“Feelings are much like waves. We can’t stop them from coming, but we can choose which ones to surf.”
—Johan Mårtensson, Swedish professional footballer
Image from Unsplash by Jeremy Bishop
Wendy and I recently took a 5-day Caribbean cruise with good friends.
We got an extra good deal, which included a balcony and numerous other perks.
I made it a point to sit outside throughout the day to let the sights and sounds of the ocean flow in and around me.
Between wave watching sessions, I paid particular attention to the many conversations with our shipmates.
Learning more about them — how they surfed waves and managed the high and low tides of life — was profound, endearing us to one another more than ever expected.
How have you managed and ridden the waves of your life?
What are some of the nautical lessons you’ve learned over the years to help surf the ups and downs of life?
“Muddy water is best cleaned by leaving it alone.”
—Alan Watts, English writer who interpreted Buddhist, Taoist, and Hindu philosophy for a Western audience
Image from Unsplash by Josh Calabrese
Where in your life are you experiencing muddy waters and can’t see your way forward?
Where have things become turbulent with diverse issues and heated emotions where things are murky and messy?
If you were a scuba diver, heading to the surface to see the light of day and gain some perspective would be a reasonable first step.
Pausing and letting things settle before diving back in seems wise as well.
When you and others finally do dive back in, how would slower and more thoughtful efforts help you see more clearly to swim to the other side of your issues?
Where in your life would leaving things alone help clear things up to see a new way forward?
Separate your notions from your emotions.
—Calm App Reflection
Image from Unsplash by Uday Mittal
Ever found yourself upset by every little thing going on in your life? Times when the smallest details of your days grate on you and trigger levels of annoyance that feel well out of proportion?
Perhaps your mighty mind is actually making mountains out of molehills! Your power to interpret life’s events and other people’s motives have gone to the dark side, and you start playing the victim.
Where are your notions stirring up your emotions?
How might some buffer space between stimulus and response — and a bigger helping of objectivity — help settle your nerves?
Who and what events trigger your negative thoughts, feelings and emotions?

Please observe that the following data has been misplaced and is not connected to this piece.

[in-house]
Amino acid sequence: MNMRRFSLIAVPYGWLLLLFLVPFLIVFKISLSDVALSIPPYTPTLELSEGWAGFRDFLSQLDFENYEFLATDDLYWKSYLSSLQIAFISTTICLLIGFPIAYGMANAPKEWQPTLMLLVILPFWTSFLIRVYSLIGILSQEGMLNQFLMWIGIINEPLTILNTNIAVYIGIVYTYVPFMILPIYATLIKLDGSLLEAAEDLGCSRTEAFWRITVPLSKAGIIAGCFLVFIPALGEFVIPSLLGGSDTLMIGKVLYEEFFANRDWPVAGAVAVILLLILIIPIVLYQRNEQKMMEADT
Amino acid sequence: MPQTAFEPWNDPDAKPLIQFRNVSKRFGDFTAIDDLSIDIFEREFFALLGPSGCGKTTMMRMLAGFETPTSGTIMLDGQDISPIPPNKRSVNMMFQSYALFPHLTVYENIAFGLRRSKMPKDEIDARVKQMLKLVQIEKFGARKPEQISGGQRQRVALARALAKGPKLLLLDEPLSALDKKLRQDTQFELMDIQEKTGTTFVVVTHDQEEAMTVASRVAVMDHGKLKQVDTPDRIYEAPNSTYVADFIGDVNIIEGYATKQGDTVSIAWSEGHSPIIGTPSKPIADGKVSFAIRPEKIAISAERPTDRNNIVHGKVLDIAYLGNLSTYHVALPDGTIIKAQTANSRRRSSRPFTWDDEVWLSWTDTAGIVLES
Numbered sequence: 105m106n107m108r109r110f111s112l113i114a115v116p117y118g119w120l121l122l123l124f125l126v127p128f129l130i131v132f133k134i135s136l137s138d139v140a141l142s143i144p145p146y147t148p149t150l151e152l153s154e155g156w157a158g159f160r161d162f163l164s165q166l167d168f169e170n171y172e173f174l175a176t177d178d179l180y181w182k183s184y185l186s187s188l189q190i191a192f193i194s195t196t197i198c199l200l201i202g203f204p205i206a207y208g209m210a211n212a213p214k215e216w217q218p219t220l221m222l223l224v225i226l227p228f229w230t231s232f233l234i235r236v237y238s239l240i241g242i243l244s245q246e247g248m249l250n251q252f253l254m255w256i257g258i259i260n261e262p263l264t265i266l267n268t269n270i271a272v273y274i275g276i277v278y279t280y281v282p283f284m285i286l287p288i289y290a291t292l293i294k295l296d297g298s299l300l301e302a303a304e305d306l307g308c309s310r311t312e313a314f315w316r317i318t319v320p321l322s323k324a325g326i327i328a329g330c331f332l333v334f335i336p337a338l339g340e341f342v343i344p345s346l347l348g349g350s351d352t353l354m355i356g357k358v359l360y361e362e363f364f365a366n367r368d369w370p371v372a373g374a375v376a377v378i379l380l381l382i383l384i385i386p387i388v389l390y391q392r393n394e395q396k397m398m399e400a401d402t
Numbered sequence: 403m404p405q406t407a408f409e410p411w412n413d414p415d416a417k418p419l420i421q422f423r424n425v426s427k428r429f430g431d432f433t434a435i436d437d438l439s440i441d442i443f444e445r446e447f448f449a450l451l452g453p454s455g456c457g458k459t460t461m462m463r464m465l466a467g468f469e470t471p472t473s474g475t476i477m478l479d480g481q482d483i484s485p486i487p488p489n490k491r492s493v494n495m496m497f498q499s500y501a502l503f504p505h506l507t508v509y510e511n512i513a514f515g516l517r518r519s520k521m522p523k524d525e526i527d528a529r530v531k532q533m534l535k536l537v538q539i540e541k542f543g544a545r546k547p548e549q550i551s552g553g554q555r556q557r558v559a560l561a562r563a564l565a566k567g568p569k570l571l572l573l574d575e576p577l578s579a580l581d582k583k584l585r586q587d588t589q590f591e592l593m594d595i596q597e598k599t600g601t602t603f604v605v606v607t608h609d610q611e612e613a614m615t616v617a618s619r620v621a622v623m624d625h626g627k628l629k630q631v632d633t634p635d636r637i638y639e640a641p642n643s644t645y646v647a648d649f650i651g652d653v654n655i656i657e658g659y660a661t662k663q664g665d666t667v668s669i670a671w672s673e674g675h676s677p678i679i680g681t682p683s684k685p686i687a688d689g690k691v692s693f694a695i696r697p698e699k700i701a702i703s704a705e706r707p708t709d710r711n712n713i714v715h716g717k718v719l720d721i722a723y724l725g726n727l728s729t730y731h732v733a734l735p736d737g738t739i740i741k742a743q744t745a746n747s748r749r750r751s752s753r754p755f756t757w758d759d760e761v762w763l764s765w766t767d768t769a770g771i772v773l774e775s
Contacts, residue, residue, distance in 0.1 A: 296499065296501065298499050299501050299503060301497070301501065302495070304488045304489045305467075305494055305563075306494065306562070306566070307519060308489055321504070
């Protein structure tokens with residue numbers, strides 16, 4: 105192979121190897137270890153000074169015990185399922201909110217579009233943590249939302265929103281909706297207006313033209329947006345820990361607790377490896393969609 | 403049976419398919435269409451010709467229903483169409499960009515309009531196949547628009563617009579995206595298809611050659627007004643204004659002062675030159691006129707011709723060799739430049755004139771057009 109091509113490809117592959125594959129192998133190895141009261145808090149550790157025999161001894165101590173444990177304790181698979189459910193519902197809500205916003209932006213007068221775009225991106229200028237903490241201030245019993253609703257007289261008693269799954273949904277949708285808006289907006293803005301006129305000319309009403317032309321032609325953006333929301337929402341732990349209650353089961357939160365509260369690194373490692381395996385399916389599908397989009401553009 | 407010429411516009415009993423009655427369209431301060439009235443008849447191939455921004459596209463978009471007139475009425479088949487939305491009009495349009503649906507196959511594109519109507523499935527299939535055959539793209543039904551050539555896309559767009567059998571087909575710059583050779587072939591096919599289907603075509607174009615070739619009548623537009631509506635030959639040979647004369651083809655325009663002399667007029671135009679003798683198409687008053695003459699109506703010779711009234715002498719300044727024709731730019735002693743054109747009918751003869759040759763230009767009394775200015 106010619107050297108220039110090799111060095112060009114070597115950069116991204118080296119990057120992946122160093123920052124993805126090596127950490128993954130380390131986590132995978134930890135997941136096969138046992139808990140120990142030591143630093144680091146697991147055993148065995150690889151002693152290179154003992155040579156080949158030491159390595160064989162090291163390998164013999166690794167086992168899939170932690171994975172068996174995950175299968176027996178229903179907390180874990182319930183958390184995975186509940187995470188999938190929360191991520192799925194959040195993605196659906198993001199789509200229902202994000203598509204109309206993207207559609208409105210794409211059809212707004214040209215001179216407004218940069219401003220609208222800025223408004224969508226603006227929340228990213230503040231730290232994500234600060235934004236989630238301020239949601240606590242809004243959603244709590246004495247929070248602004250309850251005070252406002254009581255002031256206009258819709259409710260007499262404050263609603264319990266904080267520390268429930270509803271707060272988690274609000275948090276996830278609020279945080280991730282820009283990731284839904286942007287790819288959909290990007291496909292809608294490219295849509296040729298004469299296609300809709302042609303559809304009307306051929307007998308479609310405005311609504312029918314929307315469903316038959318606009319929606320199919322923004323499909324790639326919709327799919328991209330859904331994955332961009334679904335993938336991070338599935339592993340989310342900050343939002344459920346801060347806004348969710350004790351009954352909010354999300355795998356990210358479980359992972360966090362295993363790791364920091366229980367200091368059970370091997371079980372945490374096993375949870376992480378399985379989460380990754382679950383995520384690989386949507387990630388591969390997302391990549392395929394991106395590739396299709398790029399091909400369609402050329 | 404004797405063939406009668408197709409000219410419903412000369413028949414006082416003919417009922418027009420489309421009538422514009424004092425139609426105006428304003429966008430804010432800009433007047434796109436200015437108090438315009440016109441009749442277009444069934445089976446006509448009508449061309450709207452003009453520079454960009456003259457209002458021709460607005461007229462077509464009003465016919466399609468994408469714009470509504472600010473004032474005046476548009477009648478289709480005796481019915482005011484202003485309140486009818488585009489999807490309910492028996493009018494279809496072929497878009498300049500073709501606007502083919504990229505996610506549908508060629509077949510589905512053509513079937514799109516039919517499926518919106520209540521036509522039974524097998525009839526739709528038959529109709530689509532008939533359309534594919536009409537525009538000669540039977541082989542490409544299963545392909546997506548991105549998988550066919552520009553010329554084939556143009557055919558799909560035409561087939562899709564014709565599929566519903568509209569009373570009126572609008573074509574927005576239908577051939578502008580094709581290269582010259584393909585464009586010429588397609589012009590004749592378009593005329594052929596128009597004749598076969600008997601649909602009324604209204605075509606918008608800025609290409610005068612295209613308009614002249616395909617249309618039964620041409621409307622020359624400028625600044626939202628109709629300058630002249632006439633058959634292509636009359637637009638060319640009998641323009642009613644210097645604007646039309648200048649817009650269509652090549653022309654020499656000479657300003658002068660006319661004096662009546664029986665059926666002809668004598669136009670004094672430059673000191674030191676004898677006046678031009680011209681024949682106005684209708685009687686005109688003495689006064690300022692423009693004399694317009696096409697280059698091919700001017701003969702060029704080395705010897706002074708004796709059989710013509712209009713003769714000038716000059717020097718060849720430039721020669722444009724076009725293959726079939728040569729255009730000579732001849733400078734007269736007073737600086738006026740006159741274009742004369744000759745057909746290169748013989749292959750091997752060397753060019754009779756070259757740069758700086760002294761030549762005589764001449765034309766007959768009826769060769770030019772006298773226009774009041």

—Calm App Reflection
Image from Unsplash by Karan Mandre
Mindfulness and self awareness help up notice the many triggers in life that often have us react with heated emotions.
By catching ourselves we can find the space to remain calm and centered so that we can respond in appropriate ways to maintain our perspective and equanimity.
This can be easier when we are clear about who and what circumstances trigger us ahead of time, to preemptively head them off at the pass.
Who and what triggers you? How can you better support yourself in these moments?
Consider checking out Marshall Goldsmith’s book, Triggers, to dig a bit deeper into this topic.
“When we know how to read our own hearts, we acquire wisdom of the hearts of others.”
—Denis Diderot, 18th Century French philosopher, art critic, and writer
Image from Unsplash by Jon Tyson
What comes to mind when you think about poetry?
In recent years, I’ve shifted considerably from a judgmental, sappy view to a more open, welcoming view of this art form.
For most of my years, I just didn’t get it, and it was far easier to disregard the hidden messages that went over my head, as clearly not meant for me.
It was a bit over nine years ago, following my mom’s passing, that I read The Book of Awakening by Mark Nepo. It seemed like none of my normal reading efforts hit home and my heart needed filling far more than my head.
It was then that I began to more fully explore aspects of my heartfelt emotions and feelings as a basis of connecting with others, especially family and friends.
How might playing with a bit of poetry help you read your own heart better?
What would be the benefit of acquiring the wisdom of the hearts of others in your various communities?
“The biological lifespan of a particular emotion is about 90 seconds. It’s the afterlife of that emotion that we constantly review and bathe in.”
—Chip Conley, author of Emotional Equations
Image from Pinterest
Take a look at these two lists and compare them to how you and those close to you have been feeling lately:
How long do these emotions last throughout your days? To what degree can and do you simply notice the undesirable ones and release them? How often do you try to resist and fight them only to discover how much they persist?
How might paying particular attention to your positive emotions offer better waters to bathe in?
Consider exploring Plutchik’s Wheel of Emotions to look a bit further into this subject.
“As soon as you trust yourself, you will know how to live.”
—Johann Wolfgang von Goethe, 19th Century German Writer & Statesman
Image from wordandspiritministries
What is it to live a good life?
How does one measure a life well lived?
What intrinsic and extrinsic factors are your gyroscopic guides on this great adventure?
Many people are giving more thought to this, particularly as they look in the mirror and see the aging process in effect, or pine on what they were once able to do years earlier.
Many experts, happiness gurus, and people who live “in the moment” encourage all of us to explore our emotions and feelings in order to tap into these trustworthy cornerstones of how to live.
Where and how can you more fully tap into your thoughts, emotions, and feelings to assure yourself that you are indeed on the right life path?